I think it is important to have the discussion in our churches of what does this last scenario look like?  Does excommunication mean being driven away from the church all together?  If so, then it seems their opportunity to hear the truth of the gospel and find grace for repentance is limited.  Or does it mean that they are restricted from celebrating communion as Paul is probably referring to in 1 Corinthians 5:11?  Of course, since we have such a low understanding of what communion is, this probably wouldn’t mean much in most churches.

Secondly, it is important that the church define what Jesus means by “let him be to you as a Gentile and a tax collector.”  Essentially, I think He is simply saying “unbeliever.”  If so, then the question becomes, “How are we supposed to treat unbelievers (Gentiles, tax collectors)?”  Well, Paul dedicated his life to sharing the gospel with pagan Gentiles and seeing them converted and establishing churches among them.  Matthew, who was himself a tax collector, held a party at his house for all of his fellow crooked tax collectors so they could come meet Jesus and hear His words.

I find myself getting really upset with those religious snobs who believe they aren’t supposed to interact with the world around them, as if they will become terminally tainted with the black soot of the ungodly.  By all means, we are warned to “look to yourself, so that you too will not be tempted” but in no way are we to ever avoid those who love the world, being separated from God.  We are the only hope they have of hearing God’s truth!  Paul points out the silliness of this way of thinking.

I wrote you in my letter not to associate with immoral people; I did not at all mean with the immoral people of this world, or with the covetous and swindlers, or with idolaters, for then you would have to go out of the world.  1 Corinthians 5:9–10 (NASB95)

Maybe this would be a good place to pause for a moment and reflect on the question, “Where are you at with this?”  Is there an individual or group of people that you know who have fallen outside of fellowship with Christ’s church because of their unwillingness to repent of their sin?  How are you reacting to those people?  Are you actively reaching out to them as the Lord leads?   Do you engage them whenever the opportunity arises?  Let me help point you in the right direction in case you are on the fence on this issue, God wants you to reach out to those people.  Continually offer them grace, offer them love, offer them peace.  By all means be firm in your stance of the clear teaching of God’s word concerning their sin, but be just as firm in His offer of forgiveness and restoration.  Who knows, you may just win your brother and get to share in the rejoicing that Jesus described when referring to the shepherd who finds his lost sheep.  Time is short, we must not waste a moment that God gives us.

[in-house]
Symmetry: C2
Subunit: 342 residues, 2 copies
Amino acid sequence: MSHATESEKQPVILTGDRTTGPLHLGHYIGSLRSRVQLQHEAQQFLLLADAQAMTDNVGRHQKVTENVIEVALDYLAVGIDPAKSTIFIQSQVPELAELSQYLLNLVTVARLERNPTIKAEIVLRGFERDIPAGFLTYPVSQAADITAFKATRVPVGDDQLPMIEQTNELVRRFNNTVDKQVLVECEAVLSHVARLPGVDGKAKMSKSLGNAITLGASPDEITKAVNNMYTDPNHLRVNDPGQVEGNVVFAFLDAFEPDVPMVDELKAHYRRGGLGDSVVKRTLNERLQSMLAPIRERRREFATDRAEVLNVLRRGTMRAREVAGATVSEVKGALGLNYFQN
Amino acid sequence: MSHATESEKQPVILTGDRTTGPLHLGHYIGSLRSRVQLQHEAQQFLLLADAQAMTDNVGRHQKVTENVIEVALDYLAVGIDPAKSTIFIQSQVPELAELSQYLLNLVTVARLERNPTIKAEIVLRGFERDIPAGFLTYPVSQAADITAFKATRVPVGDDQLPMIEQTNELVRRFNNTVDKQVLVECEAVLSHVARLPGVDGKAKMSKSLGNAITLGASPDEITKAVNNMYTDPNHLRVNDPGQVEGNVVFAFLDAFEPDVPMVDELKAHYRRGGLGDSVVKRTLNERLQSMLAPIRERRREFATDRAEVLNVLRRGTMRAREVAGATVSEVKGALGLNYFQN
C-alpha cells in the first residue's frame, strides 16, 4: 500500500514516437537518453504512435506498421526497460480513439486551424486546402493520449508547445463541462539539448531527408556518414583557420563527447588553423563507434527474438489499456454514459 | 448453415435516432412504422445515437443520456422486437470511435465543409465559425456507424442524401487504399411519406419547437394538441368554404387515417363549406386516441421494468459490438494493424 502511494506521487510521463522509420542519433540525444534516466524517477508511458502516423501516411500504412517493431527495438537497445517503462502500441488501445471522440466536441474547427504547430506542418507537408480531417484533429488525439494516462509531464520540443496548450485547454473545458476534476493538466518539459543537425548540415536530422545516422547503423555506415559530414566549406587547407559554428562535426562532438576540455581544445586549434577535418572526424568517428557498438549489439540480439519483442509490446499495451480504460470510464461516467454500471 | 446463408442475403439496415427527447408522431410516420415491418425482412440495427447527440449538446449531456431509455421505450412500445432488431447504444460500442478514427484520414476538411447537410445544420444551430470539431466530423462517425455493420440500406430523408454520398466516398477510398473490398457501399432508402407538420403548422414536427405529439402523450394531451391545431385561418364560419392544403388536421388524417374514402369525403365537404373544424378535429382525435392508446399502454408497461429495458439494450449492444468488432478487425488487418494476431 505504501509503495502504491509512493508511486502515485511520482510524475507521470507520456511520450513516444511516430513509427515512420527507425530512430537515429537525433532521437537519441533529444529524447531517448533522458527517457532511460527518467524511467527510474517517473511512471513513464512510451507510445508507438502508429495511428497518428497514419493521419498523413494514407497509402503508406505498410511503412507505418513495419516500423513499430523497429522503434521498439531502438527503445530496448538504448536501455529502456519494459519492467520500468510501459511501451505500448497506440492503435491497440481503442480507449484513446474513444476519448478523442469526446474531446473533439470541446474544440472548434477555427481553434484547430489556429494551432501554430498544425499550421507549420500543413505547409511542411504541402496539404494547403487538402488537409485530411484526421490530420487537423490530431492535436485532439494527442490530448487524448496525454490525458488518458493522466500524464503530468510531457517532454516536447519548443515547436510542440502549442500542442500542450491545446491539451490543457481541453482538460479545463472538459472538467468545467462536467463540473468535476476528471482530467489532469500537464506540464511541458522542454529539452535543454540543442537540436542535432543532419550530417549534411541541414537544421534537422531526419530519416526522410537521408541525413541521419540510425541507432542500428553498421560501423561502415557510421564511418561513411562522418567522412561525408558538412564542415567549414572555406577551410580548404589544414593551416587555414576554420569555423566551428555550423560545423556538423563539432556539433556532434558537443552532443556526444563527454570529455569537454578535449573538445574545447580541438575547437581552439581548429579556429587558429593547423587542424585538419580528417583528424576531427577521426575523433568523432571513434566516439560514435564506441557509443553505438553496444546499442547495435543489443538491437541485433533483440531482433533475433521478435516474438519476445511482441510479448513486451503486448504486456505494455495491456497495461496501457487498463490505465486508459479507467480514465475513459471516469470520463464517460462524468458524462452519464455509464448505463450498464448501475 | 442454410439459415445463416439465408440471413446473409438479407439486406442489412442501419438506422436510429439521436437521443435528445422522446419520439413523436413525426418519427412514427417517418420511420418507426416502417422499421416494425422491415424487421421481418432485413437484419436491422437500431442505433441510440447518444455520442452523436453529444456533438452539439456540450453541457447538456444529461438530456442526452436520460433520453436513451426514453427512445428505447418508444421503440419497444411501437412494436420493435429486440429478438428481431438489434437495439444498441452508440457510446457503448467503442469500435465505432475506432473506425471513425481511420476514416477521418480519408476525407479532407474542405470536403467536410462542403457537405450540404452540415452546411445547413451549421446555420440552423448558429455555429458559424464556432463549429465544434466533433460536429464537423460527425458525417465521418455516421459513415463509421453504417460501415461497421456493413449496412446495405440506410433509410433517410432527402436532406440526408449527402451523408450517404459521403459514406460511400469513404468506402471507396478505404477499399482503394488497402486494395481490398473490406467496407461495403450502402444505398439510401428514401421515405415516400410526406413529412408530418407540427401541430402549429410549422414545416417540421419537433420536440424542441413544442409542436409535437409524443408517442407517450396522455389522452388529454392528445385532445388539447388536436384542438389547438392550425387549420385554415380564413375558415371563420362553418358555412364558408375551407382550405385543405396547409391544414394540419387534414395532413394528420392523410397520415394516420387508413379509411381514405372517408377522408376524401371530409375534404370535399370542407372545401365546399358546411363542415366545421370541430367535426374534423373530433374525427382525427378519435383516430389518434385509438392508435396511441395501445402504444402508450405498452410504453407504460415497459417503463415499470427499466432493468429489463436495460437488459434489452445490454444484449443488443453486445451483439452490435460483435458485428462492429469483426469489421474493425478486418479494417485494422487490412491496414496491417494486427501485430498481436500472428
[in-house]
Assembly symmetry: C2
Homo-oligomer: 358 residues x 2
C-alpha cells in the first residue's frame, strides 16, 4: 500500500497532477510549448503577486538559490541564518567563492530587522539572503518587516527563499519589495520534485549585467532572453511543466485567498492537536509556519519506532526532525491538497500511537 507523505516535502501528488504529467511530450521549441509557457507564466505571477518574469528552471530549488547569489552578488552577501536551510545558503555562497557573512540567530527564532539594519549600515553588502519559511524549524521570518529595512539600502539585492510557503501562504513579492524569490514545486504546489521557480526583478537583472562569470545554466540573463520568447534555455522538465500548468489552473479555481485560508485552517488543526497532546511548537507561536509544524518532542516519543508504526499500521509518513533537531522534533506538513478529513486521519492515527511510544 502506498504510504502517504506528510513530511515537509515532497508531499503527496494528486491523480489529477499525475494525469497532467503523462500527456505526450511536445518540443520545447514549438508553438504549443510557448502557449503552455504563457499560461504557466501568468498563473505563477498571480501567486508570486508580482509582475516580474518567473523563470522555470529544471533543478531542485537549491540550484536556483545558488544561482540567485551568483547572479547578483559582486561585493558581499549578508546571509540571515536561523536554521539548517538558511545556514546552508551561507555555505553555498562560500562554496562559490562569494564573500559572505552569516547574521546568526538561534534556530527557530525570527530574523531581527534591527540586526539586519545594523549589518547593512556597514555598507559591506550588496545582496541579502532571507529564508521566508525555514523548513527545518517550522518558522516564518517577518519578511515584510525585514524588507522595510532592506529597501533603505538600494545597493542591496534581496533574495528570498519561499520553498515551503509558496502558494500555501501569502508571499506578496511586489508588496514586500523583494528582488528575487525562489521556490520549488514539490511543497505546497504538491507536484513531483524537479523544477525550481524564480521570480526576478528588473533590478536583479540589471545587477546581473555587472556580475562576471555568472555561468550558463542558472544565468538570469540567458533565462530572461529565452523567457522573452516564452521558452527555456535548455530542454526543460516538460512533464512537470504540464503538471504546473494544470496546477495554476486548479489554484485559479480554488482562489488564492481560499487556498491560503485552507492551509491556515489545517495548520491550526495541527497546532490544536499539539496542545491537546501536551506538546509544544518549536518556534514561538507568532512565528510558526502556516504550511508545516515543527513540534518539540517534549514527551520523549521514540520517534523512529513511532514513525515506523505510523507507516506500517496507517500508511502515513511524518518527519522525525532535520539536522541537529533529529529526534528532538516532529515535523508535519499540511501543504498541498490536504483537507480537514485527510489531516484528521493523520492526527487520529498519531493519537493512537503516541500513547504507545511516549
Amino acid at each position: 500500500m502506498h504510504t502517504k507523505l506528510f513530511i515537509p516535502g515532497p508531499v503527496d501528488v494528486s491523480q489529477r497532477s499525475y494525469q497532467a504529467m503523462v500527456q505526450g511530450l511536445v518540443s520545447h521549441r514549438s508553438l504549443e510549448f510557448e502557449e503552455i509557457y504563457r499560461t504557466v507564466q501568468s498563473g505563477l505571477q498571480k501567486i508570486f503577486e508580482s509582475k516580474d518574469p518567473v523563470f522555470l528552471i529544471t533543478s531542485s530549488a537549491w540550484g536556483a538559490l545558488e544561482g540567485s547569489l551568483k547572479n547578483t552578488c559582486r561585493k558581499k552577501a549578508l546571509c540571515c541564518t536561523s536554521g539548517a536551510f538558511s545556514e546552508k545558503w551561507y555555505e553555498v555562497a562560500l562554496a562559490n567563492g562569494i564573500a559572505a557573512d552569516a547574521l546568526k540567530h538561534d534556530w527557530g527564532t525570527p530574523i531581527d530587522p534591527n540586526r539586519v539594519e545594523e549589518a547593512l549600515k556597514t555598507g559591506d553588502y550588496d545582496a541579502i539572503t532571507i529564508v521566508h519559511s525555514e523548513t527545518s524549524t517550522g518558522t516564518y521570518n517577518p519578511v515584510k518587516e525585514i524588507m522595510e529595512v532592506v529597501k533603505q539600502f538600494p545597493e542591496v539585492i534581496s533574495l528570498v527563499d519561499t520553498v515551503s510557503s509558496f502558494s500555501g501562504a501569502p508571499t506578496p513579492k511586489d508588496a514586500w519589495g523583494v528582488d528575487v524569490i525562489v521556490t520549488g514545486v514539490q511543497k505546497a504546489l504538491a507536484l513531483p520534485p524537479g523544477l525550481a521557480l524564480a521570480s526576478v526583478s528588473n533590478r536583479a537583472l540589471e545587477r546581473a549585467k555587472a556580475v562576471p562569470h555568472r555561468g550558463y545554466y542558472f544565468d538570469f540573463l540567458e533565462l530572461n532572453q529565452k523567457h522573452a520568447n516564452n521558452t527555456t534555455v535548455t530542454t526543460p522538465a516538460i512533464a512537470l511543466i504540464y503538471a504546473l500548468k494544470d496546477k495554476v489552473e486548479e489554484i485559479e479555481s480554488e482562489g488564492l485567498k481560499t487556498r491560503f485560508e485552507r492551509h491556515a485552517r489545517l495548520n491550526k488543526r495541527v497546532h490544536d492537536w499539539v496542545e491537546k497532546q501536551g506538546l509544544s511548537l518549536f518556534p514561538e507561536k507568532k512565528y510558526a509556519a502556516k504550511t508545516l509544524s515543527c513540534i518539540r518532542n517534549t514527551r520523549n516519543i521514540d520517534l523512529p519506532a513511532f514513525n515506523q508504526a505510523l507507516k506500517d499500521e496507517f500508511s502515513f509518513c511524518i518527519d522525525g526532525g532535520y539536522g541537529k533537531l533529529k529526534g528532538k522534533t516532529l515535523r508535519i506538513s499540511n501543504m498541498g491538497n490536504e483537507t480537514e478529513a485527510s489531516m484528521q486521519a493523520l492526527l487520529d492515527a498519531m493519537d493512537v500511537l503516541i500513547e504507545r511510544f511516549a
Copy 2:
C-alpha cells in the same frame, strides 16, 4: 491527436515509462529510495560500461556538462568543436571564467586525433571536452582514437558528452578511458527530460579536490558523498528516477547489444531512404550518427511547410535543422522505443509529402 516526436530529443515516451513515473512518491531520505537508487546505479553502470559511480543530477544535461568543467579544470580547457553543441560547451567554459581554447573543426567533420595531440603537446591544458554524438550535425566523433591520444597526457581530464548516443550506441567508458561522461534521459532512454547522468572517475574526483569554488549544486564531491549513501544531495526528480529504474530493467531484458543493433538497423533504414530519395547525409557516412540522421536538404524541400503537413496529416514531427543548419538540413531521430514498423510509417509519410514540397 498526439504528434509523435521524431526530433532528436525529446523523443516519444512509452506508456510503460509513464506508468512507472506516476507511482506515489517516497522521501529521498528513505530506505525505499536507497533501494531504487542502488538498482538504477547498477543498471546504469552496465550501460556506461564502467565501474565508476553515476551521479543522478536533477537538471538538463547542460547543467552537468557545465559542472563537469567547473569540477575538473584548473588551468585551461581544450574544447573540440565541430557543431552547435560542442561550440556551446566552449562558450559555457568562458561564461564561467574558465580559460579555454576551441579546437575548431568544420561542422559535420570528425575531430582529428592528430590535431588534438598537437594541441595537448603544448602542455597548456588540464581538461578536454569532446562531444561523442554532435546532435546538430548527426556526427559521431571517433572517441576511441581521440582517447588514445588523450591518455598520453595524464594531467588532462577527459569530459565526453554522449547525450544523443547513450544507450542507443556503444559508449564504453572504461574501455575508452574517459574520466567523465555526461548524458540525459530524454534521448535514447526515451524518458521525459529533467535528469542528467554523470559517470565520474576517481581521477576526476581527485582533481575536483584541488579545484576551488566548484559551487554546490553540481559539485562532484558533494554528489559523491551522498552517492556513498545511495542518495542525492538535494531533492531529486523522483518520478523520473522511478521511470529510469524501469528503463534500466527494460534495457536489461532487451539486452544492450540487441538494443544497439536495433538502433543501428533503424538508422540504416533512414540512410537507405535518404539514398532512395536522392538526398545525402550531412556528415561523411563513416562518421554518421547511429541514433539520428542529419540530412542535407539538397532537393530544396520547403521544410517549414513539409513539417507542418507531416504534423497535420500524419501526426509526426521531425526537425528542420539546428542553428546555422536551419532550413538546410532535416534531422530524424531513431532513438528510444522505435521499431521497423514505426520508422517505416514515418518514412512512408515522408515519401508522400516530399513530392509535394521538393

The Father’s Heart, The Church’s Heart

It is important at this point as we consider what Jesus has said that we revisit the heart of the Father which we saw earlier in this chapter.  He has an unwavering, unflinching desire to seek and save lost sheep.  If a child has stumbled, it is His nature to pursue and restore that child.  As His people, we are called to serve the Lord in this process.

The apostle Paul affirms this in Galatians when he said,

Brethren, even if anyone is caught in any trespass, you who are spiritual, restore such a one in a spirit of gentleness; each one looking to yourself, so that you too will not be tempted.  Galatians 6:1 (NASB95)

Again, in an example of extreme discipline that became necessary in the Corinthian church, Paul says this about the man who was in an adulterous affair.

In the name of our Lord Jesus, when you are assembled, and I with you in spirit, with the power of our Lord Jesus, I have decided to deliver such a one to Satan for the destruction of his flesh, so that his spirit may be saved in the day of the Lord Jesus.  1 Corinthians 5:4–5 (NASB95)

The conclusion then is this – the purpose of church discipline is always restoration of the individual’s soul who has fallen, never for condemnation, and the means by which we are to do so have been clearly given to us in scripture.   May we never have to be involved with the discipline of a brother or sister, but if we are, may it be done with the utmost of biblical integrity, avoiding any unnecessary sins along the way.

         And have mercy on some, who are doubting; save others, snatching them out of the fire; and on some have mercy with fear, hating even the garment polluted by the flesh.                   Jude 22–23 (NASB95)